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Port Project Raises Concerns About Rights, Environment

Originally appeared in The Irrawaddy

January 12, 2011

A new deep-sea port and special economic zone in Tavoy, southern Burma, will bring much-needed infrastructure to the military-ruled country and be a boon to regional trade, but will also present serious risks to the local population and environment, according to experts.

The multi-billion dollar project, which will be financed by the Bangkok-based Italian-Thai Development Public Company, will cover an area of about 260 square kilometers (100 square miles) and affect more than 30,000 people from 19 villages in Yephyu and Longlon townships, near Tavoy, the capital of Tenasserim Division.

Local sources say that even though preparatory work on some parts of the project has already begun, residents of the area still haven’t been told how the plan to build what is expected to become Southeast Asia’s biggest special economic zone will affect them.

Villagers in the area say they are worried about where they will be relocated to and how they will be compensated for the loss of their land, but don’t expect to have any choice in the matter. “If they order us to move, we can’t resist,” a villager from Nabule, in the project area, told The Irrawaddy.

Italian-Thai will reportedly spend US $8.6 billion on the new mega-project, which will combine a deep-sea port, industrial estate and trans-border route with sea, road and rail links with Thailand.

The proposed industrial estate will contain a power plant, a steel mill, an oil refinery, a petrochemical complex, a fertilizer plant, a shipbuilding and maintenance yard and a variety of light- and medium-industry factories, as well as a pipeline linking Tavoy to Pu Nam Ron in Thailand’s Kanchanaburi Province.

There will also be residential and commercial developments, including a tourist resort and a recreation complex, according to a PowerPoint presentation prepared by Italian-Thai that is widely circulating on the Internet.

The 10-year project was signed in Naypyidaw on Nov. 2 of last year, five days before Burma held its first election in 20 years. Now groundwork for the first phase of construction—the road to Thailand, a water reservoir, a water and waste-water treatment plant and the 400 MW coal-fired power plant—have been initiated and are due to be completed within five years.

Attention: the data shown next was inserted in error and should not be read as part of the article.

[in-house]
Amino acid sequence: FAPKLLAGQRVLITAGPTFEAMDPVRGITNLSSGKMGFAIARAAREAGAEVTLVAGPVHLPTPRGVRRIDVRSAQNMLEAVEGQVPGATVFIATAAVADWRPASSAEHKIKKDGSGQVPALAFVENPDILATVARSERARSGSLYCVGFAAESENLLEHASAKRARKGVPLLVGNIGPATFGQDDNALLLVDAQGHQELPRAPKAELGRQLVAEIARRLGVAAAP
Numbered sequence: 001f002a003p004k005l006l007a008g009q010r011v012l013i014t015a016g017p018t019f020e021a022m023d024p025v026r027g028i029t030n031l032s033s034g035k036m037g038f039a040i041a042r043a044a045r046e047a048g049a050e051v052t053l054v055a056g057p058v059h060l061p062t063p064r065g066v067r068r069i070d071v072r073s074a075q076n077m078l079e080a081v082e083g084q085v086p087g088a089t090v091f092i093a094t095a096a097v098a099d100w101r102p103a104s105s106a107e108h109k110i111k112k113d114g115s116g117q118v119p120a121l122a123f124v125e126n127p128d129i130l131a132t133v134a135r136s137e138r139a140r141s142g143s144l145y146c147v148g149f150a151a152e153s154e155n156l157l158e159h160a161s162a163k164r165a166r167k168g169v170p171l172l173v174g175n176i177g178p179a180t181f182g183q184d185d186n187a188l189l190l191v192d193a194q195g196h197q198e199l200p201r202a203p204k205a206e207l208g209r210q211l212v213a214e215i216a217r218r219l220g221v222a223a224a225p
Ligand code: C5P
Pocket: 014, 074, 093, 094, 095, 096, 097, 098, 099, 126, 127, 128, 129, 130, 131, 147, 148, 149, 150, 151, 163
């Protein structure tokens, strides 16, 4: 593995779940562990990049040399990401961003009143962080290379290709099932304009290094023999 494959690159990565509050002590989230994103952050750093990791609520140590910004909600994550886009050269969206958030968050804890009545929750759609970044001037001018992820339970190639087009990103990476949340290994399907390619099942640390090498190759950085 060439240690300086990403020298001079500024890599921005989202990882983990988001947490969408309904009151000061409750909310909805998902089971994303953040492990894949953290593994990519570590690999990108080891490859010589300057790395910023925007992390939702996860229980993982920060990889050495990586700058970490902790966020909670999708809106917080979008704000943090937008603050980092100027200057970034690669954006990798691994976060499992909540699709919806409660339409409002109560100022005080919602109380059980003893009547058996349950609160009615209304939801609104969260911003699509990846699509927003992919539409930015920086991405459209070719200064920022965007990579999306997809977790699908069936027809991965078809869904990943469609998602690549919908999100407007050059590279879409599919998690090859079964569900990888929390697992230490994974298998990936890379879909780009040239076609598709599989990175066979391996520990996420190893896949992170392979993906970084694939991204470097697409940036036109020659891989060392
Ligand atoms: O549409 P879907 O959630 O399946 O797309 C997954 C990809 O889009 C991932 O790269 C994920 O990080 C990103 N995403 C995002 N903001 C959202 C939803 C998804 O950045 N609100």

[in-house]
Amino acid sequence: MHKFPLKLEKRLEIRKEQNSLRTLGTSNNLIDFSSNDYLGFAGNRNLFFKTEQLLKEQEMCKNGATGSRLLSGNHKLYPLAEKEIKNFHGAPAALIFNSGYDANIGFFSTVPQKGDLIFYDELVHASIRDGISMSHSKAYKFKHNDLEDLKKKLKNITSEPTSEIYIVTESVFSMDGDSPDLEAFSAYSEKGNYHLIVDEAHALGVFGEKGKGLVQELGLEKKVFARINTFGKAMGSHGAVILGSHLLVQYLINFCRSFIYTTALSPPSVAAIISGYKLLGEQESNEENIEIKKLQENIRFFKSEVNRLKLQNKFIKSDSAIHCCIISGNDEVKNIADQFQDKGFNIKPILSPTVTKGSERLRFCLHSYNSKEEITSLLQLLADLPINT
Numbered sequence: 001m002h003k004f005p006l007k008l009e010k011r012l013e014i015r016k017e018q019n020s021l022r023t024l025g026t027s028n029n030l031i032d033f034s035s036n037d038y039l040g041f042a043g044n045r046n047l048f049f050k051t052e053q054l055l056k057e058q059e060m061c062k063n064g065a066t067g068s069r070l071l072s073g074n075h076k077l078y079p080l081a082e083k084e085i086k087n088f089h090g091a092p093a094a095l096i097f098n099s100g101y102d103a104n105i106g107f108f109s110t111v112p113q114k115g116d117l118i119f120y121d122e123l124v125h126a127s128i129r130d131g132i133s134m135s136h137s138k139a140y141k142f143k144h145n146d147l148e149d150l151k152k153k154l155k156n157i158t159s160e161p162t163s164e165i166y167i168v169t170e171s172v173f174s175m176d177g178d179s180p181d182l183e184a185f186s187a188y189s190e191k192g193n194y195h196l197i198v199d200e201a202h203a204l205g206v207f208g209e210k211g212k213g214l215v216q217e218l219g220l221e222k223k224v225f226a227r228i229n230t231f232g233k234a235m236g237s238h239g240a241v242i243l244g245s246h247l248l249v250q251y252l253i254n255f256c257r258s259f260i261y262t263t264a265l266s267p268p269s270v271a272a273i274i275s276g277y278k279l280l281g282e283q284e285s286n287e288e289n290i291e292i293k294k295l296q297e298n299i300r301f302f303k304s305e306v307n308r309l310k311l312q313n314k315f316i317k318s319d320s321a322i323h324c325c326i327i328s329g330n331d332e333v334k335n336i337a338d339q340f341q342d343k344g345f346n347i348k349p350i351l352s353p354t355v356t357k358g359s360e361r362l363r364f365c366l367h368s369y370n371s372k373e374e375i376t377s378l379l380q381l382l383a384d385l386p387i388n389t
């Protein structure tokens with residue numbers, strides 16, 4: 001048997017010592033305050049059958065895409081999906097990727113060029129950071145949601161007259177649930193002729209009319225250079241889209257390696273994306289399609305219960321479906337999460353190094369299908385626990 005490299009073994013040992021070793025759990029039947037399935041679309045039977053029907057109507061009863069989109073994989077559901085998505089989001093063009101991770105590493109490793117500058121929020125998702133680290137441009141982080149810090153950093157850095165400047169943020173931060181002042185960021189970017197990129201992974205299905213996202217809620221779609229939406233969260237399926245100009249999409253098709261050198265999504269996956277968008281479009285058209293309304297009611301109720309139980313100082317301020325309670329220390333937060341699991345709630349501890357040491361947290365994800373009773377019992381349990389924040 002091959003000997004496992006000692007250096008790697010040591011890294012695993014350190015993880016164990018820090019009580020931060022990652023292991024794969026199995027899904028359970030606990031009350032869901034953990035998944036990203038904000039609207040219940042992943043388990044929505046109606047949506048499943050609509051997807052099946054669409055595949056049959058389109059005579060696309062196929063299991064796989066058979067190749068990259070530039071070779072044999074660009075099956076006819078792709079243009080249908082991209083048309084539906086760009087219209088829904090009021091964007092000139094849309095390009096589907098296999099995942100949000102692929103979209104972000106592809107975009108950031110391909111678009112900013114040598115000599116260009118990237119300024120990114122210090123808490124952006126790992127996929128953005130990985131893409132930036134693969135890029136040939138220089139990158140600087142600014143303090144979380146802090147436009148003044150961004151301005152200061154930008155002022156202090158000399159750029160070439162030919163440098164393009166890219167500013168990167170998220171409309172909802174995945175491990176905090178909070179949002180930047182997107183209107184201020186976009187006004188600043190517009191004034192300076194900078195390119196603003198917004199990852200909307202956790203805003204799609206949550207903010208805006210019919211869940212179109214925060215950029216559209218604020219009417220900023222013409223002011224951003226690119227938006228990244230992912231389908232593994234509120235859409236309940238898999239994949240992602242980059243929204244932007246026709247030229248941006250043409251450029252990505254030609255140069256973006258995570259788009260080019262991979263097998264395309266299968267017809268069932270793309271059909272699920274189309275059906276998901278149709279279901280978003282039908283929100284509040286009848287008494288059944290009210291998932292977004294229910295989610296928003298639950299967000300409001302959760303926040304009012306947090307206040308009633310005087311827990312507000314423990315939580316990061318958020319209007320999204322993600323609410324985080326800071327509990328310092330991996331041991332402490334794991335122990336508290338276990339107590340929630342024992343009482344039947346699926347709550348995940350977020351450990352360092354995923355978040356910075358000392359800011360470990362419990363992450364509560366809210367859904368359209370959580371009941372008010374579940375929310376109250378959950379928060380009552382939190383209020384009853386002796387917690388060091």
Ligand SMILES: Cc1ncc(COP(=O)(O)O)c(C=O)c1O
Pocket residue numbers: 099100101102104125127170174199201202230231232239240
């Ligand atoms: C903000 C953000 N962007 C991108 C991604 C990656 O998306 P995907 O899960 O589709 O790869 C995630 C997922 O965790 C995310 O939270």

The idea to create this massive new economic zone first started to gain traction in 2008, when the foreign ministers of Thailand and Burma signed a memorandum of understanding (MOU) on the sidelines of a meeting of Association of Southeast Asian Nations (Asean) foreign ministers in Singapore. It received a further boost late last year during a visit to Naypyidaw by Thai Prime Minister Abhisit Vejjajiva, who signed an agreement on the project with his Burmese counterpart Thein Sein on Oct. 11.

However, there are still hurdles facing the project, largely due to the involvement of Burma’s Western-sanctioned military regime. The Asia Development Bank (ADB) has declined to support the project, despite the fact that it will connect with the three economic corridors of the ADB’s Greater Mekong Sub-Region development plan, which aims to create links between the economies of mainland Southeast Asia and China. Thailand’s Kasikorn Bank has also rejected Italian-Thai’s bid for financing, and the support of major shipping companies and manufacturers is also doubtful. However, according to a report by the International Herald Tribune, Italian-Thai has received backing for the project from a private bank that it would not name.

Meanwhile, Thailand’s Minister of Industry, Chaiwut Bannawat, will lead a delegation of Thai business representatives on a fact-finding mission to Burma from Jan. 18-22 to seek information on the Burmese regime’s investment policy and its framework for development of the Tavoy project, according to reports by The Nation, a Bangkok-based English-language daily.

While the Thai investors seem confident of the project’s eventual success, other observers are less sure about its prospects, at least in terms of bringing any real benefit to the local economy.